Updated: April 22, 2022 9:33:16 pm
Serum Institute of India CEO Adar Poonawalla on Friday warned against the return to the business-as-usual approach, saying we “can’t afford to put a price tag on the life of a citizen” as the pandemic is not behind us yet.
The chief executive defended his call for lowering the vaccination gap to six months from the present nine months to ensure that people don’t see again the pains they underwent in the first two waves of the pandemic, and not for making money, as he has made already enough.
“I have also offered vaccines for free to avoid waste, which I wouldn’t have done if my objective is money,” he said.
“My point is that we can’t put a price tag on the life of a person be it an adult or a child. So, taking decisions on time as we did during the second wave is the need of the hour when it comes to booster doses and jabbing the kids.
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“But, unfortunately for the key people who are supposed to be taking decisions on time, the committees supposed to be meeting on time, it seems there is no urgency any longer,” Poonawalla said while addressing the Indian economic conclave organised by Times Network here.
“The momentum of the past that brought us so far here is lost. As you said it seems for them, it’s business as usual,” he added.
Poonawalla noted that his company had stopped production from December 31, 2021, just to avoid waste.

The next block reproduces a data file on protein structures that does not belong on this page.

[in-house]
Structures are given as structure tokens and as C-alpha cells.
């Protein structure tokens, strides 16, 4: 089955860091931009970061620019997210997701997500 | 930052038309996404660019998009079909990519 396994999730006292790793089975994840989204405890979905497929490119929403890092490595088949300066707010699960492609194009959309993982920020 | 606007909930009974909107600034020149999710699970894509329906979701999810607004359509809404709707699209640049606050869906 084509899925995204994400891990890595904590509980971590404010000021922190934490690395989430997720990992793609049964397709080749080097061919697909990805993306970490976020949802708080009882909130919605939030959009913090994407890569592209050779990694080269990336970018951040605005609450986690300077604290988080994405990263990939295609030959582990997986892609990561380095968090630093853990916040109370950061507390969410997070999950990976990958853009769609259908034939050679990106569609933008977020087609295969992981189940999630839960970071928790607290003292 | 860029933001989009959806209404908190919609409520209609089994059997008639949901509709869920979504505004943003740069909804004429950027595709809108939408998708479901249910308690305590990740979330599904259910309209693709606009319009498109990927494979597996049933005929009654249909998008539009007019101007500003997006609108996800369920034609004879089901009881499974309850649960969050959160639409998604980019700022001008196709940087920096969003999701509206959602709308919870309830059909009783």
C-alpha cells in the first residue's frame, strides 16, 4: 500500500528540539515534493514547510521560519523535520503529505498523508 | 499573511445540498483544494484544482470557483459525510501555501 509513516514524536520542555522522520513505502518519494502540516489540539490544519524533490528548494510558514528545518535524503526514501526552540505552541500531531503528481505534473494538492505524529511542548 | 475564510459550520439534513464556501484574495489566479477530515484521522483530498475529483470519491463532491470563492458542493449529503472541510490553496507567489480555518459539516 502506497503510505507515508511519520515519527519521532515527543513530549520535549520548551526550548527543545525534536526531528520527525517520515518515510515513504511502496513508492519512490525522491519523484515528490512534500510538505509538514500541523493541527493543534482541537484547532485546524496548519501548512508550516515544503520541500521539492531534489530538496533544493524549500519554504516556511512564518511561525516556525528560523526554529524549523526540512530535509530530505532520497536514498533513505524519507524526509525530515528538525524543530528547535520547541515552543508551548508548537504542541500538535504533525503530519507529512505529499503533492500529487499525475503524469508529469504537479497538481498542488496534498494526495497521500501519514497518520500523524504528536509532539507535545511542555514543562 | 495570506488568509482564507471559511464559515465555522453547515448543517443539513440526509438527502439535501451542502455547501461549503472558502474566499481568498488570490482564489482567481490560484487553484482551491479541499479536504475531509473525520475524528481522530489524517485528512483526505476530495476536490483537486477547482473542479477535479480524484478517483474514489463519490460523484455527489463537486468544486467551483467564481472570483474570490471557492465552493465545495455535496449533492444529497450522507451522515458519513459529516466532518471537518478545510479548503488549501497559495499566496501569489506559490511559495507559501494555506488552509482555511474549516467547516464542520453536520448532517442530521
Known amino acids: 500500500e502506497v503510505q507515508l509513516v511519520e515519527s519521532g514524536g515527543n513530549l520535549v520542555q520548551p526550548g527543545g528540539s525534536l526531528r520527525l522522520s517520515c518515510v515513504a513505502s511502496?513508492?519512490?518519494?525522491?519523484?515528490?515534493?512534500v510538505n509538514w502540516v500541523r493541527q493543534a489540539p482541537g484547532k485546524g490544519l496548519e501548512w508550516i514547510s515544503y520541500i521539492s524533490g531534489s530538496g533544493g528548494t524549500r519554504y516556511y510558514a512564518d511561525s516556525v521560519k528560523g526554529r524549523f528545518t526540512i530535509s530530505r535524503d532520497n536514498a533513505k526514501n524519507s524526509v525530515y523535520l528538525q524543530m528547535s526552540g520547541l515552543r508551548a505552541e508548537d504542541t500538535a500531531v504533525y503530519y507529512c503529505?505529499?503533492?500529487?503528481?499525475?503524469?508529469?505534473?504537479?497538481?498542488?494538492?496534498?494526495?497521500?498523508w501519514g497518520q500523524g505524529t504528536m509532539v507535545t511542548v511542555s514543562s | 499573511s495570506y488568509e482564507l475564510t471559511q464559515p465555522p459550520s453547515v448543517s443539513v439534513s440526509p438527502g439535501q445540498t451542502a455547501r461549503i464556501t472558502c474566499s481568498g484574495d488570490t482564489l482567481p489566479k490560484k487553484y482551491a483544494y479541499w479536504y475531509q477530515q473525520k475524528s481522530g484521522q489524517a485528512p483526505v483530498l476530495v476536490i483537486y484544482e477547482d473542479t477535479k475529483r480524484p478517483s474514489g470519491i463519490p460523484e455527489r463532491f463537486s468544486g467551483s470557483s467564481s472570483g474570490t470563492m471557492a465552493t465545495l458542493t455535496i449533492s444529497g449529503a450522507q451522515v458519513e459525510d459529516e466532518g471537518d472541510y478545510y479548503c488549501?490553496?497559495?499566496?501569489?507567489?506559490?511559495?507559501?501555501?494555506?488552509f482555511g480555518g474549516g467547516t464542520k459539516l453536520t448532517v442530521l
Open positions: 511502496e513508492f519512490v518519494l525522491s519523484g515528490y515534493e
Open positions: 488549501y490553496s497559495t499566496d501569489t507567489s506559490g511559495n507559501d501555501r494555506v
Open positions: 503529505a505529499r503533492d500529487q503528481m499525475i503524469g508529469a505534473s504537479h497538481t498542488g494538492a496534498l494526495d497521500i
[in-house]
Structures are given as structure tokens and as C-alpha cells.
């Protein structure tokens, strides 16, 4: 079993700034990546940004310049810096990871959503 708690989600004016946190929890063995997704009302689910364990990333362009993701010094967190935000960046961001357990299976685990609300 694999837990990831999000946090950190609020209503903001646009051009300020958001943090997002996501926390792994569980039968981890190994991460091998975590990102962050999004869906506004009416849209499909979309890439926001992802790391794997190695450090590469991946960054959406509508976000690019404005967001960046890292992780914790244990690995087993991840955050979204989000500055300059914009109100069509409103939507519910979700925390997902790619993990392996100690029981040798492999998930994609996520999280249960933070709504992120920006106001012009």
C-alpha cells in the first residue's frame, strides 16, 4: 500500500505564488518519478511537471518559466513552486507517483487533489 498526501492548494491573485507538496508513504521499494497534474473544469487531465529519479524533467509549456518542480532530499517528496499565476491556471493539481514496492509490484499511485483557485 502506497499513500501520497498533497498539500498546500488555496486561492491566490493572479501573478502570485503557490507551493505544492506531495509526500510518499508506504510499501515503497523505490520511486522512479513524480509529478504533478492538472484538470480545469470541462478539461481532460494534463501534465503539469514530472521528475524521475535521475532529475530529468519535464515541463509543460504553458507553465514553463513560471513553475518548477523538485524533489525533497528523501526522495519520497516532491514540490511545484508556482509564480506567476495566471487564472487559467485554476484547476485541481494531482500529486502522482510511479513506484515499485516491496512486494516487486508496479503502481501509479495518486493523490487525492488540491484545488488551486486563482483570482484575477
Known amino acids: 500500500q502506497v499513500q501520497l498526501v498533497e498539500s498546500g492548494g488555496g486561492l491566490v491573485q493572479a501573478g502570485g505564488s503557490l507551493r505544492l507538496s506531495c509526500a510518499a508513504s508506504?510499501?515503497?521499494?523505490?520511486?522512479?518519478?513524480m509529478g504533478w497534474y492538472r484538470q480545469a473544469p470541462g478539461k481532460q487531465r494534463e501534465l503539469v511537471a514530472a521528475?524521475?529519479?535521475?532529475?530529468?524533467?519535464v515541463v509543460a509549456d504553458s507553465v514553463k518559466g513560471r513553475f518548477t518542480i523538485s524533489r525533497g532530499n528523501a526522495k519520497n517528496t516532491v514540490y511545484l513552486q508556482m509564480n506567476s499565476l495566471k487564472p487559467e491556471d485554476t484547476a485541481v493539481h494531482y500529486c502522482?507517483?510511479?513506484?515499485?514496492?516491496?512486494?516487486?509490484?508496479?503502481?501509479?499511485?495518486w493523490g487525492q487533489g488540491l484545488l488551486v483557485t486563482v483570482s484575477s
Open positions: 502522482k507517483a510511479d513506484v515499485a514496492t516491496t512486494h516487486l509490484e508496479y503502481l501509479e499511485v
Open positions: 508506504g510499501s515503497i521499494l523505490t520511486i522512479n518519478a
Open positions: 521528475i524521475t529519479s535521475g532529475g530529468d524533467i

He pointed out that there is rising vaccine fatigue among the public as the main reason for the low off-take of the vaccines even after the firm has massively slashed the price from Rs 600 to Rs 225 a dose.
Currently, we are sitting over 200 million vials, he said.
Calling for increased adoption of booster doses, Poonawalla said it is also needed because people need to travel internally and outside, and many countries have made booster doses mandatory for travel.
On the need to bring down the gap between two doses from nine months to 6 months, he said globally, many studies have shown that the antibody goes down when the vaccine gap is increased.
About the vaccine for the 7-11 year-olds, he said they are waiting for the government nod, which has not come in yet despite the Covovax vaccine getting the regulatory approvals long ago, and it has also been in supply to Europe and Australia since long.
Though the government, as a whole, recognises the importance of healthcare, it seems the urgency has been lost, he added.
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